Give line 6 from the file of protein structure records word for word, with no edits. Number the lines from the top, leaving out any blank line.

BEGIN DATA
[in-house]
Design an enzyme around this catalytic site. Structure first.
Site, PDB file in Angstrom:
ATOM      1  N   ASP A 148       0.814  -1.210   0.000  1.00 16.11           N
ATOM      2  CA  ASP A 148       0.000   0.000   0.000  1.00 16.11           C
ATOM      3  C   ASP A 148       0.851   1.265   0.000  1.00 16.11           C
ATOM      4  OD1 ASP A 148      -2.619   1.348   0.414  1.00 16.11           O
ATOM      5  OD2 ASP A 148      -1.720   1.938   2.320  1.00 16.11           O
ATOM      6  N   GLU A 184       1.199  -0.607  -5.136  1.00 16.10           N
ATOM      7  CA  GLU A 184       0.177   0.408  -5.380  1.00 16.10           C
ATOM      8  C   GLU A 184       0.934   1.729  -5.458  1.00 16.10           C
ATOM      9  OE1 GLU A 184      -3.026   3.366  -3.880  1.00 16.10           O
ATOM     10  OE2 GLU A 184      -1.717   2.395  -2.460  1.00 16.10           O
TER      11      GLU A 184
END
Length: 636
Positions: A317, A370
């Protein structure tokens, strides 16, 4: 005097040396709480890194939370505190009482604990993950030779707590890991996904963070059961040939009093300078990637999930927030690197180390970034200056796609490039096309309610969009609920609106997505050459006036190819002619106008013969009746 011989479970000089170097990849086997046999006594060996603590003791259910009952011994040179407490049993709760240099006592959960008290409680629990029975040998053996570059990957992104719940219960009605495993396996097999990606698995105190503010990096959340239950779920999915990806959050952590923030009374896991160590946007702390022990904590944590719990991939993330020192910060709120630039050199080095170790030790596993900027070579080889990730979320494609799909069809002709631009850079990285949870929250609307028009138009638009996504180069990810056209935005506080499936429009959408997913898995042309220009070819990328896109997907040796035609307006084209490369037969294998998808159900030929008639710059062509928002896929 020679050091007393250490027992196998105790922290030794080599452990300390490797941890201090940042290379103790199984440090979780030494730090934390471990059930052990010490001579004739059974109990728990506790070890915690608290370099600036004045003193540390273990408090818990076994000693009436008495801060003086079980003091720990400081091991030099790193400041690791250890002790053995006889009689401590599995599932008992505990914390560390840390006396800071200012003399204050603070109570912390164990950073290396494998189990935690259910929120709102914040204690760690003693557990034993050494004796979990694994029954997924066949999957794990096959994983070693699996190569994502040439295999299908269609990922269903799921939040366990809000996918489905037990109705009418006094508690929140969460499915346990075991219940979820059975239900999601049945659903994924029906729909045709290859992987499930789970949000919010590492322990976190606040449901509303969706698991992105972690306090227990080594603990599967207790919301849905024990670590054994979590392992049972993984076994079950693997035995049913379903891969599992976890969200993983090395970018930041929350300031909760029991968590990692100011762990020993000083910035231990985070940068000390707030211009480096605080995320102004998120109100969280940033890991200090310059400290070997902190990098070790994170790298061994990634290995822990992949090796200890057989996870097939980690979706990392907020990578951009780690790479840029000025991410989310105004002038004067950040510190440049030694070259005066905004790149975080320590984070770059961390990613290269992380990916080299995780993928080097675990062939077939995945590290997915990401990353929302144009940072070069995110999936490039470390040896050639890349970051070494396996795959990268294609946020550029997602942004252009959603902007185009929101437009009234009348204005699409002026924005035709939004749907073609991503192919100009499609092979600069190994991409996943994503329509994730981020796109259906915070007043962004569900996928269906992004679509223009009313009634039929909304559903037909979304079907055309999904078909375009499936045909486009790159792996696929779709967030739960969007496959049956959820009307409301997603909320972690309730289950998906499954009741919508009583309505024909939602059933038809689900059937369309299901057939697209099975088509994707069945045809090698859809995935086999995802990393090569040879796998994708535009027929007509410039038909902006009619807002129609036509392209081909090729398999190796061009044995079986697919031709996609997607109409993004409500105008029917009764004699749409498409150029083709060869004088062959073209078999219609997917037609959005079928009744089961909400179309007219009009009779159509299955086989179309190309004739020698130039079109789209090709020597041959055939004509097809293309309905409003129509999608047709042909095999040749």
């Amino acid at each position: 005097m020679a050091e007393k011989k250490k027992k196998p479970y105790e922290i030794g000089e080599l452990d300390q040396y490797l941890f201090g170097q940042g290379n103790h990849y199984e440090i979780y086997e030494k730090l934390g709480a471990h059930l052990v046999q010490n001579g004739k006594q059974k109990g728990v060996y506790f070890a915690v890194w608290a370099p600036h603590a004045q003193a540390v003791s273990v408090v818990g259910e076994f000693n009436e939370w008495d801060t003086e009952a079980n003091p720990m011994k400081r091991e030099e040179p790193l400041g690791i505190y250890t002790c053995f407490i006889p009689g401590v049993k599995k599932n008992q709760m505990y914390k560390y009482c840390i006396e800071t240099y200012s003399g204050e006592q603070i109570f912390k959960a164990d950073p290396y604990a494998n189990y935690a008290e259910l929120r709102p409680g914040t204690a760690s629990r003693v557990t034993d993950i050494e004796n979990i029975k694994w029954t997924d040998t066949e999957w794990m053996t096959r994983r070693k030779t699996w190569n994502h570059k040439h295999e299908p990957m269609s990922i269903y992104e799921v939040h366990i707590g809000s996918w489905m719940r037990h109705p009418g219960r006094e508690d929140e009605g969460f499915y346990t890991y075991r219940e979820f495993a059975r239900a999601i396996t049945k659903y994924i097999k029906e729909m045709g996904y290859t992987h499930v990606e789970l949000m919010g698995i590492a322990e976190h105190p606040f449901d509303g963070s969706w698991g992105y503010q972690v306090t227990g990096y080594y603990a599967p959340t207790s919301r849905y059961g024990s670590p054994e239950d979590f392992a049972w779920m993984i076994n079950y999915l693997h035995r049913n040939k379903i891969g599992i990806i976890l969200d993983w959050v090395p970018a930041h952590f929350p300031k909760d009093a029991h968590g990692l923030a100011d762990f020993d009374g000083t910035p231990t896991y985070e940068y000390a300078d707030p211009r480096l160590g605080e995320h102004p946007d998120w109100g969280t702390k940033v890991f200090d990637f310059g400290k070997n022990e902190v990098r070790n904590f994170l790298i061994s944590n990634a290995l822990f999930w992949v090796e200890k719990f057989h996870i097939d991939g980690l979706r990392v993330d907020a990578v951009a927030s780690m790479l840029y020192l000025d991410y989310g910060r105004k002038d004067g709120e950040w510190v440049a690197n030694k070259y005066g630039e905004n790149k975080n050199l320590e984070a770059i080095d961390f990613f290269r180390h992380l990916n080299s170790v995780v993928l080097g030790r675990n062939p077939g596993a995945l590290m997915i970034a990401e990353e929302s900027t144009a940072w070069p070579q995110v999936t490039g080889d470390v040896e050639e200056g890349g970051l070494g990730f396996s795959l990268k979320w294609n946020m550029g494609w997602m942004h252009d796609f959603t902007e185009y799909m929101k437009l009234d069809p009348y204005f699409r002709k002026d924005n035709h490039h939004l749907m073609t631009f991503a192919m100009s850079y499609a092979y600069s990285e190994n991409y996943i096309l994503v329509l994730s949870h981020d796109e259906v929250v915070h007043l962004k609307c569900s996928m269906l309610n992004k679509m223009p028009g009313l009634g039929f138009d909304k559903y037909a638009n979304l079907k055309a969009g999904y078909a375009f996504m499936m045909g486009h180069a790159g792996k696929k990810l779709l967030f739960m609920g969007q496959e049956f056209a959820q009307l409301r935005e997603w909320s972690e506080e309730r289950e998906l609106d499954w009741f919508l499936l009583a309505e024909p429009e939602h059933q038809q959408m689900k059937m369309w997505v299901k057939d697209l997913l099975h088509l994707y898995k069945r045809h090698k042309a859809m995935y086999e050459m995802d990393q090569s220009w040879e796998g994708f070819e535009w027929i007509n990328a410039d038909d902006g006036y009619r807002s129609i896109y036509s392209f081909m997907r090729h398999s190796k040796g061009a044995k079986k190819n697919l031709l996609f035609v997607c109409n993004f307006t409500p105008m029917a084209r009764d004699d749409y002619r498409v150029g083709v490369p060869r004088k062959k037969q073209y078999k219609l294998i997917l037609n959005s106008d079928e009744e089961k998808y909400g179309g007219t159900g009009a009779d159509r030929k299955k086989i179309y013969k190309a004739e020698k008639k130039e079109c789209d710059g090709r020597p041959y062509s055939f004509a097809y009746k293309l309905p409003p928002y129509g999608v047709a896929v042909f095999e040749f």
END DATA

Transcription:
ATOM      3  C   ASP A 148       0.851   1.265   0.000  1.00 16.11           C